A decision has been called in for scrutiny, in accordance with section 7.25 of the Council's Constitution
To support the Cabinet's decision 18-01-2022
The Monitoring Officer highlighted the fact that the Audit and Governance Committee, in its role to scrutinise corporate matters, had the right to call in the Cabinet's decision for review, and to receive further information that was relevant to aspects of that decision.
Councillor Nia Jeffreys (Cabinet Member for Corporate Support) was invited to present the information and explain the background of the decision.
Members were reminded that on 7 October 2021, the Full Council had decided unanimously to ask the Cabinet to consider officially recognising St David’s Day as an official holiday for its workforce. At the Cabinet meeting held on 18 January 2022, it was decided to designate St David’s Day as an additional holiday for Council staff. It was noted that a request had been received for more details about the cost (approximately £200k) of implementing the decision, and also an observation that the money could be used for another purpose for the benefit of Gwynedd's residents.
The Cabinet Member explained that there was no cost of allowing an additional day's holiday on 1 March 2022 to staff who worked in an office or from home - the day would be added to their annual entitlement. There would be a direct cost in relation to care staff and waste collection staff who would receive an additional day to be taken at a future date. For these staff, cover costs would need to be paid (an additional cost of approximately £45k (Care) and £30k (Highways and Municipal). It was reported that teaching assistants and school ancillary staff had the right to an additional day, but they had to work within the school terms - and they would receive an amendment to their salaries (a cost of approximately £90k). With Teachers' working conditions decided nationally, they could not be included in the decision.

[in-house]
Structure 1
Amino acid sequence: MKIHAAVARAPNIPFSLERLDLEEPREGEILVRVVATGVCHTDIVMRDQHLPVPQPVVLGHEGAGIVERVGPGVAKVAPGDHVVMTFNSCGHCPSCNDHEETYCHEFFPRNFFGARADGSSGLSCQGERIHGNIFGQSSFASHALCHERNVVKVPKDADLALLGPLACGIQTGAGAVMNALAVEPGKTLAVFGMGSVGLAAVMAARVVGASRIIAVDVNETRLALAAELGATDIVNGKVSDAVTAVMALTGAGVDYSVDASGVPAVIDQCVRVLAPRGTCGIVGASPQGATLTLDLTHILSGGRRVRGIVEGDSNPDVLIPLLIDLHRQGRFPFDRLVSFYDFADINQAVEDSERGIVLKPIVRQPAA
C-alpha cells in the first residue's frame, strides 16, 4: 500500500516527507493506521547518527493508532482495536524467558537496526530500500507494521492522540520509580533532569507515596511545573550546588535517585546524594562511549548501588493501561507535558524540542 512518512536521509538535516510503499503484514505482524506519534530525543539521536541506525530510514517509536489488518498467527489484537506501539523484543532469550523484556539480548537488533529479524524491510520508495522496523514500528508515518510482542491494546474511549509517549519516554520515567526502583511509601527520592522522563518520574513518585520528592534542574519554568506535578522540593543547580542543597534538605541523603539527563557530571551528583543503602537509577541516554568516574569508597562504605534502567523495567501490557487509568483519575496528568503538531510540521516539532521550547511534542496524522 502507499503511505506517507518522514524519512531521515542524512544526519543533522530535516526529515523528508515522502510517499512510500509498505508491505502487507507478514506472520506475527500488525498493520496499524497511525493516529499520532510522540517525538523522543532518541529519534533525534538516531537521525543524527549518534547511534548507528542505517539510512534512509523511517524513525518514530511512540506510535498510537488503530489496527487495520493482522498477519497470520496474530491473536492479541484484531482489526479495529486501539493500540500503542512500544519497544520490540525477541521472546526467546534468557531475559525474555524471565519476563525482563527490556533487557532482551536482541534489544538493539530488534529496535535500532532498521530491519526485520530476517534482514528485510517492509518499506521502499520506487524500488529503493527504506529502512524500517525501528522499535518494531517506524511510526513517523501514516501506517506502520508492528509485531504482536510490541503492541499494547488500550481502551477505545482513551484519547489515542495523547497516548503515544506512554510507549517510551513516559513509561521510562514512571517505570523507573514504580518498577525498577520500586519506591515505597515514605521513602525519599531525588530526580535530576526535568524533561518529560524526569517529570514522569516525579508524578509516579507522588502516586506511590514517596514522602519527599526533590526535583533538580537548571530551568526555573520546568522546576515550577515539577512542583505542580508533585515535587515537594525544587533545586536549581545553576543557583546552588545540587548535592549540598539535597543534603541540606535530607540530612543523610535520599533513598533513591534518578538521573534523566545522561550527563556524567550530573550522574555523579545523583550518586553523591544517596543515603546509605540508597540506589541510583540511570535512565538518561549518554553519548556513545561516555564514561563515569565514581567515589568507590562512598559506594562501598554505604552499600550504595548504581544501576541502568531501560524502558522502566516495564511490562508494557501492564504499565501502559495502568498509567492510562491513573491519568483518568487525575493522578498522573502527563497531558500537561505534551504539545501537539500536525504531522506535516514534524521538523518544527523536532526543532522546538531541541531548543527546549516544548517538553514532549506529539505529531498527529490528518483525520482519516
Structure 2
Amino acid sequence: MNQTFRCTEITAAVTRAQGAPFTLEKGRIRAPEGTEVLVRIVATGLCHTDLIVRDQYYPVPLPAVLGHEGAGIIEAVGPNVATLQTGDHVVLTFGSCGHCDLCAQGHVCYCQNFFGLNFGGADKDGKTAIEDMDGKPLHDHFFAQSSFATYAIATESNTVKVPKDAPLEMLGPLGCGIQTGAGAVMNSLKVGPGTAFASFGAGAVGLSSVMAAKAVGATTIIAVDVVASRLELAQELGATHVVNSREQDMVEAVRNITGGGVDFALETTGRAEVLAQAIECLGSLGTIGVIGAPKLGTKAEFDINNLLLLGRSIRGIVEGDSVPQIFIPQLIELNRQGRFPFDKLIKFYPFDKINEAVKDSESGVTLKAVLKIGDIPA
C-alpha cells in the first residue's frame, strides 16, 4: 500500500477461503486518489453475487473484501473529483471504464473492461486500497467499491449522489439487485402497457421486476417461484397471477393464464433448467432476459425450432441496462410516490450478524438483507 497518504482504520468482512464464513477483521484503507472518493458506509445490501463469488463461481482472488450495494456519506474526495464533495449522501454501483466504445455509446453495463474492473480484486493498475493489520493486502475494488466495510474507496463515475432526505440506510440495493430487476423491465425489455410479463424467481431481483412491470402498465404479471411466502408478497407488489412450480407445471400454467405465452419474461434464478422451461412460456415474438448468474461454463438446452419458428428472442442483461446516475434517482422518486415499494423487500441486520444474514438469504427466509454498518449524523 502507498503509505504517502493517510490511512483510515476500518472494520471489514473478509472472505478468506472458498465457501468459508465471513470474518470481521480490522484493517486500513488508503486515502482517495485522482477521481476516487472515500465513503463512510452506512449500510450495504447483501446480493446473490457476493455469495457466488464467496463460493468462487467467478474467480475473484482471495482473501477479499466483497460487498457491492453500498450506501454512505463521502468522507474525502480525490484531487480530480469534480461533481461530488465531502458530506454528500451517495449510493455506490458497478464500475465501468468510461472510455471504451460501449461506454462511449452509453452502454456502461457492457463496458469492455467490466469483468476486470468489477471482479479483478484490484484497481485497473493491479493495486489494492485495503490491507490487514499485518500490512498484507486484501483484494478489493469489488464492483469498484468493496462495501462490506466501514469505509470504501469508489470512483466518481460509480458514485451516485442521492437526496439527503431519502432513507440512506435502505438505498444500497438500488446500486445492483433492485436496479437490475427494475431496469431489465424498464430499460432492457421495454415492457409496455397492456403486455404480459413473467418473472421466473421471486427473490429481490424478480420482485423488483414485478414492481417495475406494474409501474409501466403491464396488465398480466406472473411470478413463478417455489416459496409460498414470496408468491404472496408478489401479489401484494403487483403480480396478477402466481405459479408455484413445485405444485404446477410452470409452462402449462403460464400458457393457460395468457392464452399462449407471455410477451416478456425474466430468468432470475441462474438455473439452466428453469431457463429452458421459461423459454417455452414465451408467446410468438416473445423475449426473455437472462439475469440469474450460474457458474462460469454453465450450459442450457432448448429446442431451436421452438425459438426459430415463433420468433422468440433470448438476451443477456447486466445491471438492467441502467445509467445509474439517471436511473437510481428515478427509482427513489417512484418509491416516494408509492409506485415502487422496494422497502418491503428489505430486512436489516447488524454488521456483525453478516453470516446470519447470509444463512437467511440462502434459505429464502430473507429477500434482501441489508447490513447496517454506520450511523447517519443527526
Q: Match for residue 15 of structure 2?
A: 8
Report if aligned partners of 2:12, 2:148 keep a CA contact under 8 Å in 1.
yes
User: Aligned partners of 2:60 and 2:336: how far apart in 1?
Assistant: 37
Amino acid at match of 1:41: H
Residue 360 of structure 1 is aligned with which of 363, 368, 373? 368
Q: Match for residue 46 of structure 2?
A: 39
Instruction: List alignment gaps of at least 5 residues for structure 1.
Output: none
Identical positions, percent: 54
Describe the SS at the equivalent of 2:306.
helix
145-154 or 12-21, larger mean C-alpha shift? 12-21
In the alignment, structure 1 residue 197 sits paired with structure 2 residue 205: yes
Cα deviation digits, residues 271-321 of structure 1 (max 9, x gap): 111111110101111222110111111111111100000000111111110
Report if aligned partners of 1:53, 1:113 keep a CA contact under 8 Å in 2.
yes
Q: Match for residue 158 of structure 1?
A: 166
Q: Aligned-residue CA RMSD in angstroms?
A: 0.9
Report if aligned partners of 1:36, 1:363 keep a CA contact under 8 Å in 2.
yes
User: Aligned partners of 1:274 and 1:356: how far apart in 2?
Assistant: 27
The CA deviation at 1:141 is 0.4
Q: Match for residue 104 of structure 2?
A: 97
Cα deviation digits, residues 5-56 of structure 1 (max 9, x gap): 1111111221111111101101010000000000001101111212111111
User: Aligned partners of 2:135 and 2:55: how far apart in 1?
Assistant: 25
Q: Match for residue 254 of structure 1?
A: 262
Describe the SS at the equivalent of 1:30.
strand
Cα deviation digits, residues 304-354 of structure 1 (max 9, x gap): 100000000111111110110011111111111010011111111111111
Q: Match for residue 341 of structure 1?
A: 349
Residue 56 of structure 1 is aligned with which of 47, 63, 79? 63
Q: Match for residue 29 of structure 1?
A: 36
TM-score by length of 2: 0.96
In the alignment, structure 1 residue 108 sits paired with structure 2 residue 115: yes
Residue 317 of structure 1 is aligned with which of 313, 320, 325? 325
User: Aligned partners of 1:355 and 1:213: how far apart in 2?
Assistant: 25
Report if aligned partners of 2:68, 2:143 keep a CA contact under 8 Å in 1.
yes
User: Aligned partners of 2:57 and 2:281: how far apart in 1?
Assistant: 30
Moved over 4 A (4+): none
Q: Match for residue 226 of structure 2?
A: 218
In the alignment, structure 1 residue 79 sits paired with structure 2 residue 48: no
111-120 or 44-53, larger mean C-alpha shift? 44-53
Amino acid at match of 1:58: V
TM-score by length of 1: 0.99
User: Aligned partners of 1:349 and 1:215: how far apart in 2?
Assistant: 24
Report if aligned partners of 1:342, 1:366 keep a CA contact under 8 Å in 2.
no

It was explained that a corporate underspend would be used to pay these costs - money that would normally transfer to reserves, as opposed to money paid from individual services. It would be a one-off payment, with no impact on the 2022/23 budget. The estimated total cost was £200k. The money would not be released to the departments until the expenditure had been made.
The officers were thanked for responding to the decision by taking action and holding discussions with the Unions to ensure that the aspiration was realised. It was emphasised that the Cabinet had responded in good will to the Full Council's unanimous decision.
During the ensuing discussion, the following observations were made by members:
· Supported celebrating St David's Day, but it should be made a day's national holiday for everybody.
· The public response had been fairly negative
· The timing of the decision caused concern - in a period of tax and living cost increases, from where had the money come?
· Agree with the concept, but it was the wrong time
· Need to pressurise the Government again to reconsider making it an official holiday
· No information about the cost of an additional day's holiday had been submitted or discussed in the Full Council - would the result of the vote have been different?
· Proposals in the Full Council were out of control - a need to consider what was legal.